Reaching out and gathering opinions
Being active on social media gives instant access to a worldwide audience, from global companies to local farmers. This enables you to reach out directly and ask questions – whether it is about a crop, machine, seed variety, most companies can be contacted through their social media account.
It is also a good place to gather feedback from others based on their experiences. With over 20K followers on Twitter, Megz Reynolds (@farmermegzz) from Canada shares that “One of my favourite things about social media is that it allows me to connect with farmers all over the world. I can learn from them, lean on them for support and even build lasting friendships”. Getting opinions and starting a discussion can be invaluable in making a decision. It gives you “access to a wealth of information and new ideas” says Jake Freestone (@No1FarmerJake), Nuffield Scholar, UK farmer and regular contributor to the agricultural community.
Try sharing your expertise or engaging with an issue you may be facing. “Start a discussion about sharing best practice,” says Chris Hewis (@ChrisHewis), farm manager and co-founder of #ClubHectare, an online farming networking community. “It might be about setting a combine or plough; a home-made gadget to help with maintenance; discussing your fungicide program or variety choice; or asking whether anybody else is experiencing the same problems as you.”
For those who aren’t comfortable with committing to writing regular posts, following online discussions can also prove beneficial. Social media can be used to benchmark what you are doing on farm both for local advice but also a “better understanding of global ag”, advises Tom Bradshaw (@ProagriLtd), farmer and European Agvocate.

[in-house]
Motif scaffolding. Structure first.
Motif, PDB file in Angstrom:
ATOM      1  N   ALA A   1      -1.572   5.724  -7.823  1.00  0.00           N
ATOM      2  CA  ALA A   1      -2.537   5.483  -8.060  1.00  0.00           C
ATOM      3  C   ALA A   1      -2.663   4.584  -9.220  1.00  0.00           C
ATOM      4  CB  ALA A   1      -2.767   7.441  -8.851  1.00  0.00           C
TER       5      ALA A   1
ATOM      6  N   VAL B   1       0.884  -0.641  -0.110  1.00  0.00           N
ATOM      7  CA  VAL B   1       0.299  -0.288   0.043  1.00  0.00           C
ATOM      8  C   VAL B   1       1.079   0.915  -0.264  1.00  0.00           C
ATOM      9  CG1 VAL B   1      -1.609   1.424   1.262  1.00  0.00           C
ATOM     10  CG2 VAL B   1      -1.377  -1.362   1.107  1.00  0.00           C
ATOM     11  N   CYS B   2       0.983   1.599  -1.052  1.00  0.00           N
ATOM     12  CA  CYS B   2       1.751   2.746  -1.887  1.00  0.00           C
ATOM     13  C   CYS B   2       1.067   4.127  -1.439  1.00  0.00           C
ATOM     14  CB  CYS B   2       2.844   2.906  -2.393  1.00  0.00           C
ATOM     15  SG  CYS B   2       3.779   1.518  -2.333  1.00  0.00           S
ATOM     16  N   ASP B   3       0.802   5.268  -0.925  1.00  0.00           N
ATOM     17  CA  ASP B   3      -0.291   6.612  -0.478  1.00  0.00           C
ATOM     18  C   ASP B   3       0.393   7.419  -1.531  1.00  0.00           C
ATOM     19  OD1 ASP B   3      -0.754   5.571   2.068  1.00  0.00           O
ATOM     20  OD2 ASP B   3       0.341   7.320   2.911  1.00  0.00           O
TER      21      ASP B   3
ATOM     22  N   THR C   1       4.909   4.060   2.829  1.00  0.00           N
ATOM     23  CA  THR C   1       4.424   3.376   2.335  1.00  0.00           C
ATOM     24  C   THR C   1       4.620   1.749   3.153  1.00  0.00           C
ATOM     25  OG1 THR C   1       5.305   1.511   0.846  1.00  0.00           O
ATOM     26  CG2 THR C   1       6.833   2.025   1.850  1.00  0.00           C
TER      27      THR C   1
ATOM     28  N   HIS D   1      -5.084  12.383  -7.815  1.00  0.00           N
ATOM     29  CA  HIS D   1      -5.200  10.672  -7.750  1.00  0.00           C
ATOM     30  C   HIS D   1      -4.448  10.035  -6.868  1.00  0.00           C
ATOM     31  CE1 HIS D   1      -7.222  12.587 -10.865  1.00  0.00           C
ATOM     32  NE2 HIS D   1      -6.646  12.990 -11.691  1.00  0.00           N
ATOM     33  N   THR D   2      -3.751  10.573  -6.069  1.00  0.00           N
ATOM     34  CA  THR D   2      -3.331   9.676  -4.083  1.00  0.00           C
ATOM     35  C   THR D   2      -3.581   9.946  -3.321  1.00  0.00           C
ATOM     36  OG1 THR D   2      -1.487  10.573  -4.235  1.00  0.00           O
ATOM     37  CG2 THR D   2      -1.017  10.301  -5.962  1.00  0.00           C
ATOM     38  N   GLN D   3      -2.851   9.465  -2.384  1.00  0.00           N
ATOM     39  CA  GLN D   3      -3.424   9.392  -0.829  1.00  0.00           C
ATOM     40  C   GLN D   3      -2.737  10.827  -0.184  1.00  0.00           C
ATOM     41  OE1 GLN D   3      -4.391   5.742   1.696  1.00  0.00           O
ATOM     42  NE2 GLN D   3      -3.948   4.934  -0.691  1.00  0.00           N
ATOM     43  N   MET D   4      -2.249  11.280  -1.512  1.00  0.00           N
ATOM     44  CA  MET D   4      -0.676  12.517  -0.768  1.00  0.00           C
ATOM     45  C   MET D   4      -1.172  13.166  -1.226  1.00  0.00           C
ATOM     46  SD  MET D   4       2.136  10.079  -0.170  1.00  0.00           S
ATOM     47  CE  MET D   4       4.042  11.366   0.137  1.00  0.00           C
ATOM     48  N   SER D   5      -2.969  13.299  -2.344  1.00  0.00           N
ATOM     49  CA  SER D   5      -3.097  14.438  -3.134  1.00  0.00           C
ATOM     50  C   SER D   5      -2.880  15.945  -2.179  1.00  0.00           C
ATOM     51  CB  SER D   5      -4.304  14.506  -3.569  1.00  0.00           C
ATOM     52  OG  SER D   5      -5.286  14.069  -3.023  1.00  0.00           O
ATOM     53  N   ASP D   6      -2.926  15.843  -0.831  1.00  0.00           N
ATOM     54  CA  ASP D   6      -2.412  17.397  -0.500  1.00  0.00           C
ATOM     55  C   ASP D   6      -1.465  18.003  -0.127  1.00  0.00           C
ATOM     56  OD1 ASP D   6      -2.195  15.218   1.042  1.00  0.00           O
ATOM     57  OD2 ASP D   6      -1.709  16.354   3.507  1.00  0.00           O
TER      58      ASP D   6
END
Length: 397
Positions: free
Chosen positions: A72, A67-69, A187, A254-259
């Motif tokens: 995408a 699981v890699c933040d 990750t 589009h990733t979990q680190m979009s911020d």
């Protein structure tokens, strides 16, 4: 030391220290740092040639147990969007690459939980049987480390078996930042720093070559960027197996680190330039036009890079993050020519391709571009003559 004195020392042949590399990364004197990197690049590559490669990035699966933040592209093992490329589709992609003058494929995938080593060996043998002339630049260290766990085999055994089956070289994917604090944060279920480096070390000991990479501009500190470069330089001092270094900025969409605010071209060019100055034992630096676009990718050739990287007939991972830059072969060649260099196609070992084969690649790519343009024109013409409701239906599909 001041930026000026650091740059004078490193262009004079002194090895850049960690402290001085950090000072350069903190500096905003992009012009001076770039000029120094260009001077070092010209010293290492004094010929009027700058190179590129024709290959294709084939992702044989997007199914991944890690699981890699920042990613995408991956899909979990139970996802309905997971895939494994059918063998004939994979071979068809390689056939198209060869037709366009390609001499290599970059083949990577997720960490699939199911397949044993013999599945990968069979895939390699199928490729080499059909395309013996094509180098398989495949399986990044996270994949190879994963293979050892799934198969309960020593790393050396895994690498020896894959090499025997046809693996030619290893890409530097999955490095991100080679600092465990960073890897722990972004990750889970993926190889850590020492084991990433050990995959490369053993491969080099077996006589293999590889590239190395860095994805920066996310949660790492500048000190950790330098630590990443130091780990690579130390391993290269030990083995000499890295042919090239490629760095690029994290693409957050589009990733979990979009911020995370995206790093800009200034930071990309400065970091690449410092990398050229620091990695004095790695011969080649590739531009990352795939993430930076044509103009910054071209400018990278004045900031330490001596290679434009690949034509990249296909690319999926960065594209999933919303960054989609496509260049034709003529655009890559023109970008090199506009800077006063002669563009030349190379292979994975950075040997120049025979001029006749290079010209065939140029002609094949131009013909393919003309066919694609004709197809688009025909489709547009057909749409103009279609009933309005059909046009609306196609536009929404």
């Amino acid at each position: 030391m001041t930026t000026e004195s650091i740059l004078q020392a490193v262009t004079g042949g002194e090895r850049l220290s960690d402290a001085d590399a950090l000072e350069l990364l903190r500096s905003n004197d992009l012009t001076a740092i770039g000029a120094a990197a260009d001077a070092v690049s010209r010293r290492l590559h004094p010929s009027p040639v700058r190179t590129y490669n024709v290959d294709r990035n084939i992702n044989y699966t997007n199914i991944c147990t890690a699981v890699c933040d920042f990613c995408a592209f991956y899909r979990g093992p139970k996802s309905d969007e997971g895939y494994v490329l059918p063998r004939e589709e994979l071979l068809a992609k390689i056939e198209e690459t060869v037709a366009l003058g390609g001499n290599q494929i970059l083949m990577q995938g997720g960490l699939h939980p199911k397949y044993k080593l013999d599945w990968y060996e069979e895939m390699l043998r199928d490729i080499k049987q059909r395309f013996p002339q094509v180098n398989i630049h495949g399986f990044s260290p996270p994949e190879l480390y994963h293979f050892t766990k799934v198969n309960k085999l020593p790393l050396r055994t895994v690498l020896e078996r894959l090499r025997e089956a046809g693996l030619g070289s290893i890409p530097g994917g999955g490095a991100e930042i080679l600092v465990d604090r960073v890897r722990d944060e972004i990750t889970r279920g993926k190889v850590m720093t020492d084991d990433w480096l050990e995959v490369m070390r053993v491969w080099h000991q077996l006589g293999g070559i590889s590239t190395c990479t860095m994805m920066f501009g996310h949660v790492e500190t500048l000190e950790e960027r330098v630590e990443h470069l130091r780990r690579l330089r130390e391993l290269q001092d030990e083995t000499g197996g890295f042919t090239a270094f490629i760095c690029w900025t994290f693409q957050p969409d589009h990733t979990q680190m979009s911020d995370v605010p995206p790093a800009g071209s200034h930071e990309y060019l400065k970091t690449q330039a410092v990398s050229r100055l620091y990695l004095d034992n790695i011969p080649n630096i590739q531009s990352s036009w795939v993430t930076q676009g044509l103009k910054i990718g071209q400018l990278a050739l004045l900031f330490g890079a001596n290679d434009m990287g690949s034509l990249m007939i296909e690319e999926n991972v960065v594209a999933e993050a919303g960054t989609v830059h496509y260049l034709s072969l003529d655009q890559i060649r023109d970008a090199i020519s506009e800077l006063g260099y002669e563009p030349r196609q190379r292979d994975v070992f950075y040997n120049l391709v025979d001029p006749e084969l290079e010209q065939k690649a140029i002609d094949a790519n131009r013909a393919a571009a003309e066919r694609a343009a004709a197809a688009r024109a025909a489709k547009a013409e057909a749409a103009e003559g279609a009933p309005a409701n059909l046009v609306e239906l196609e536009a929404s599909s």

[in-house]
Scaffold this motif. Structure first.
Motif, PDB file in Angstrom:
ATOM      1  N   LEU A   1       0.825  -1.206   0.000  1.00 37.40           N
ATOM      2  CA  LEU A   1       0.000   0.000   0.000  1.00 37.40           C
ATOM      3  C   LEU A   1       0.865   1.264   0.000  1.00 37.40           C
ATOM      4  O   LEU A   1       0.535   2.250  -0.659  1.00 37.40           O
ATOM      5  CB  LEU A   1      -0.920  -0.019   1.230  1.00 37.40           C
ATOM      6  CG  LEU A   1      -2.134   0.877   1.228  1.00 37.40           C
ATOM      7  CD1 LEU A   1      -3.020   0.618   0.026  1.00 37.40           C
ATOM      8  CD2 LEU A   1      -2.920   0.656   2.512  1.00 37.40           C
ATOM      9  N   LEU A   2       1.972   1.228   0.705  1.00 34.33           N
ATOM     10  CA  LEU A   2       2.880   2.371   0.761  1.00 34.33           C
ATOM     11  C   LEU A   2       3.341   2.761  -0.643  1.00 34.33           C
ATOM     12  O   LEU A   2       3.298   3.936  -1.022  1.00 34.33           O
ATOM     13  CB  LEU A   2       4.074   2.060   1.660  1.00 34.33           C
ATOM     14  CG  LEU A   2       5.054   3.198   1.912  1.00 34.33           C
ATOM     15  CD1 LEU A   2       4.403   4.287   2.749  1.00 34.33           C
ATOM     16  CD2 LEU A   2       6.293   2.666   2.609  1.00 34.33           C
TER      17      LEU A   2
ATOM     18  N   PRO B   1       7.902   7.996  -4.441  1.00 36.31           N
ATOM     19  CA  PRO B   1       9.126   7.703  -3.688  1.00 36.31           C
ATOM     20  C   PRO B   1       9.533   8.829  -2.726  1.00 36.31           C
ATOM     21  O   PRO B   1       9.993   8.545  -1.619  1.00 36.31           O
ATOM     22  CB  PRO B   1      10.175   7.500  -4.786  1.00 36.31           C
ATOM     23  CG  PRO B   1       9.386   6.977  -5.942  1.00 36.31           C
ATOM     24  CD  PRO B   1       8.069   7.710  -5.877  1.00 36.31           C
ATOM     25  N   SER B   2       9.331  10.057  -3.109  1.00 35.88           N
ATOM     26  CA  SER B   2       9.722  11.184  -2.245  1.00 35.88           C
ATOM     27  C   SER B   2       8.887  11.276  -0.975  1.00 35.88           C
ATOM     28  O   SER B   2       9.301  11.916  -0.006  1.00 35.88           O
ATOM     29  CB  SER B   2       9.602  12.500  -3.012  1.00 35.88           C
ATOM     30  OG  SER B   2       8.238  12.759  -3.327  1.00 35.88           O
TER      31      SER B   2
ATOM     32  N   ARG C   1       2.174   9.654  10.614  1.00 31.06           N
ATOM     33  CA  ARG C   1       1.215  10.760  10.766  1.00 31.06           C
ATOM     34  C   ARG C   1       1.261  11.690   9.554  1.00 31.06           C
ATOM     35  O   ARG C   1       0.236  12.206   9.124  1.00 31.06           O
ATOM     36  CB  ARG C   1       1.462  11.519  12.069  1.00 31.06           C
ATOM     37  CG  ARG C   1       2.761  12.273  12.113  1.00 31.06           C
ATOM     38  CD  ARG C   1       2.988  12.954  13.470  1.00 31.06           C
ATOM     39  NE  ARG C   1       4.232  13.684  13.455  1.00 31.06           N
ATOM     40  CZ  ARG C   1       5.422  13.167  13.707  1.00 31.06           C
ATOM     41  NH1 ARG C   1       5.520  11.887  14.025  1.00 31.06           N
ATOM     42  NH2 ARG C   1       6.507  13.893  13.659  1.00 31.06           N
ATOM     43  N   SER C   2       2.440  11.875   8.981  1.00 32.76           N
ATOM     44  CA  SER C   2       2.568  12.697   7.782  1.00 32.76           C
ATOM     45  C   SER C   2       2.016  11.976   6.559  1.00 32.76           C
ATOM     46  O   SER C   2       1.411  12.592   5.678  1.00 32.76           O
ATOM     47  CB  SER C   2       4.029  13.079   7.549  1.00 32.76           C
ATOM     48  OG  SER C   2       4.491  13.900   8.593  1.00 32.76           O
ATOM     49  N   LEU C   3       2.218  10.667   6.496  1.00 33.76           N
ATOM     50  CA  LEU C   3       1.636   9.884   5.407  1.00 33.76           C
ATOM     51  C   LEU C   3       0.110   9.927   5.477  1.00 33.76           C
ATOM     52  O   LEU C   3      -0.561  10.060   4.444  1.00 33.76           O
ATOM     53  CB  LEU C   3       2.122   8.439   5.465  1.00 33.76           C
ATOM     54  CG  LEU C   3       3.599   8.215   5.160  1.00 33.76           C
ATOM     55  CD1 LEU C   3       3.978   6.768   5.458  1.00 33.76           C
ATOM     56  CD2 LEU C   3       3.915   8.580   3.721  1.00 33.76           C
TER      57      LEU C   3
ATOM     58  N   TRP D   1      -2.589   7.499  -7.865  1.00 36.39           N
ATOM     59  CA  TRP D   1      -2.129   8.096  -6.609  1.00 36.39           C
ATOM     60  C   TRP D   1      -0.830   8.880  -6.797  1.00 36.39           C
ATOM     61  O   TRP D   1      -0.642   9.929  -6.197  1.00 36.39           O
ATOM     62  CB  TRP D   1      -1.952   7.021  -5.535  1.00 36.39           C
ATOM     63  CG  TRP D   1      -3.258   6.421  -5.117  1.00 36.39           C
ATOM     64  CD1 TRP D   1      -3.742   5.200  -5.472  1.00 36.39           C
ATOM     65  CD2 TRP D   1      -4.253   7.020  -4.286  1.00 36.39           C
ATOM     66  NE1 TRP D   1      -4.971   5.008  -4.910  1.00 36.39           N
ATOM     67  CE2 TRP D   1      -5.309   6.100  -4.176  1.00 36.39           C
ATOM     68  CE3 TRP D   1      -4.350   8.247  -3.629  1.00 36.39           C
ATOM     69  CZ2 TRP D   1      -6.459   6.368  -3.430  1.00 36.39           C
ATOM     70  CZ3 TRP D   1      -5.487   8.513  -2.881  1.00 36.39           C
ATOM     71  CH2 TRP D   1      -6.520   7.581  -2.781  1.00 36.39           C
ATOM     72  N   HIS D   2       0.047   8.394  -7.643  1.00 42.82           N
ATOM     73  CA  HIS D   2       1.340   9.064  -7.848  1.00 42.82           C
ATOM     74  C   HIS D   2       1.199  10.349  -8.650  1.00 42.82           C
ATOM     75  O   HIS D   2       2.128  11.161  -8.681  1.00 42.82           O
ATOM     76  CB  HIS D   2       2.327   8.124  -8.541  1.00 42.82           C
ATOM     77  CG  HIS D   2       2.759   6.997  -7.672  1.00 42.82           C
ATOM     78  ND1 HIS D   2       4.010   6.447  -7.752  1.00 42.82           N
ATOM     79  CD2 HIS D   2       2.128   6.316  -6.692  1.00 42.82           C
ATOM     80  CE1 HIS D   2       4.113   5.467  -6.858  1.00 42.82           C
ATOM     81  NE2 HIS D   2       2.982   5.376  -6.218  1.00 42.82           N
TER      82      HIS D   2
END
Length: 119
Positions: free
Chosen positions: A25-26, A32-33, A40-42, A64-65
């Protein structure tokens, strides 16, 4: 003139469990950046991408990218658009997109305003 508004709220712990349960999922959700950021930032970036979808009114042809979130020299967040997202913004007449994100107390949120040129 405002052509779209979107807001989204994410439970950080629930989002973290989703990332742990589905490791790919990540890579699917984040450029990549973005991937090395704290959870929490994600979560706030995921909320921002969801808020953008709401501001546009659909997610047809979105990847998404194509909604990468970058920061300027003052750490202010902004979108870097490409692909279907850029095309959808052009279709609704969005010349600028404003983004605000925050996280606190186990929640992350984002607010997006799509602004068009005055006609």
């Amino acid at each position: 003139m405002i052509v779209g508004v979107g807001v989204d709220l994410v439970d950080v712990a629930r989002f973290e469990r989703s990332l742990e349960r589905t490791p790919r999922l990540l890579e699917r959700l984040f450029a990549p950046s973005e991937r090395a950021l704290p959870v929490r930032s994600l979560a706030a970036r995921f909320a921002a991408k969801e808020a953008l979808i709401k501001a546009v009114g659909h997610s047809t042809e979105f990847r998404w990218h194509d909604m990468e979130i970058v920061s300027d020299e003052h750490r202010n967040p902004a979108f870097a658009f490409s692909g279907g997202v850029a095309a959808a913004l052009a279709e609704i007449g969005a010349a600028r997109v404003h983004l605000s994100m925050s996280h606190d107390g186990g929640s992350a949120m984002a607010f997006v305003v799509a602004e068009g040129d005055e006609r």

The instant update of news, market prices, grain marketing, or even following shows and events keeps the reader updated. Often the audience will find the coverage of shows is “almost as good as being there”, reflects Chris.
Keeping posts succinct will also result in more success. Consider using links and emojis to help keep them short. When using hashtags try not to use too many as it results in a drop in engagement, whereas the use of one or two can double it. Recent findings advise to use under 40 characters on Facebook as this gives as much as 86% higher engagement, and under 100 characters on Twitter which gives 17% higher engagement * *.
As for content, keep it relevant, respectful and truthful and, as Jake warns, “only say on social media what you would say to a person face-to-face”.
“It is the fastest, easiest way to create a connection and market yourself and farm. Each platform gives you a unique opportunity to reach and grow your audience and each one holds unique ways to grow and share,” says Lesley Kelly (@highheels&fields), Canadian farmer and blogger.
Social media can truly change your life, but should never take over your life. “Before posting anything online,” says Chris “always ask yourself: would I be happy to see that on the front of a newspaper? Because you are posting it to the whole world.”
As useful as social media is, never forget that what you put online is there for everyone to see. And like a tube of toothpaste – once it is out there, it is impossible to put it back.
*Source: We Are Social
* *Source: Buffer